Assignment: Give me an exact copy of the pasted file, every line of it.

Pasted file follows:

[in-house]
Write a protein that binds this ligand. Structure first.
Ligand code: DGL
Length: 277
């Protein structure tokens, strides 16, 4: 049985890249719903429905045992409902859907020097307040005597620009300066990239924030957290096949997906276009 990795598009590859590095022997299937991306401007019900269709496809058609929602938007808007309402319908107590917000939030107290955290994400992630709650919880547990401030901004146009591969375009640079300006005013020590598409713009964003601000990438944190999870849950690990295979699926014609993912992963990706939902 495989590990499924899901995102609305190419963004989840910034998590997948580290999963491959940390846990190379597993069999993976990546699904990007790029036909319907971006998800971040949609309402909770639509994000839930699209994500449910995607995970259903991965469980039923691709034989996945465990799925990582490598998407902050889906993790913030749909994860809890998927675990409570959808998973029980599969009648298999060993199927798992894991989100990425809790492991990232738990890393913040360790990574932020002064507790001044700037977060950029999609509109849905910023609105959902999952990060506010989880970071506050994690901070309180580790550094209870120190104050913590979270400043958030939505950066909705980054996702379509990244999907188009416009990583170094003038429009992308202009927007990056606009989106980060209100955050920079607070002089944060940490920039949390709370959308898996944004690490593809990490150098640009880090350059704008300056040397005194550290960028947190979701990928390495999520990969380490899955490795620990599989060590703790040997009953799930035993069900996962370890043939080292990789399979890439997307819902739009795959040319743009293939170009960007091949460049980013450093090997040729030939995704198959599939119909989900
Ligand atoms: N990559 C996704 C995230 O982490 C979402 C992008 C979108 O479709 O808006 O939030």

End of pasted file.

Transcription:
[in-house]
Write a protein that binds this ligand. Structure first.
Ligand code: DGL
Length: 277
């Protein structure tokens, strides 16, 4: 049985890249719903429905045992409902859907020097307040005597620009300066990239924030957290096949997906276009 990795598009590859590095022997299937991306401007019900269709496809058609929602938007808007309402319908107590917000939030107290955290994400992630709650919880547990401030901004146009591969375009640079300006005013020590598409713009964003601000990438944190999870849950690990295979699926014609993912992963990706939902 495989590990499924899901995102609305190419963004989840910034998590997948580290999963491959940390846990190379597993069999993976990546699904990007790029036909319907971006998800971040949609309402909770639509994000839930699209994500449910995607995970259903991965469980039923691709034989996945465990799925990582490598998407902050889906993790913030749909994860809890998927675990409570959808998973029980599969009648298999060993199927798992894991989100990425809790492991990232738990890393913040360790990574932020002064507790001044700037977060950029999609509109849905910023609105959902999952990060506010989880970071506050994690901070309180580790550094209870120190104050913590979270400043958030939505950066909705980054996702379509990244999907188009416009990583170094003038429009992308202009927007990056606009989106980060209100955050920079607070002089944060940490920039949390709370959308898996944004690490593809990490150098640009880090350059704008300056040397005194550290960028947190979701990928390495999520990969380490899955490795620990599989060590703790040997009953799930035993069900996962370890043939080292990789399979890439997307819902739009795959040319743009293939170009960007091949460049980013450093090997040729030939995704198959599939119909989900
Ligand atoms: N990559 C996704 C995230 O982490 C979402 C992008 C979108 O479709 O808006 O939030």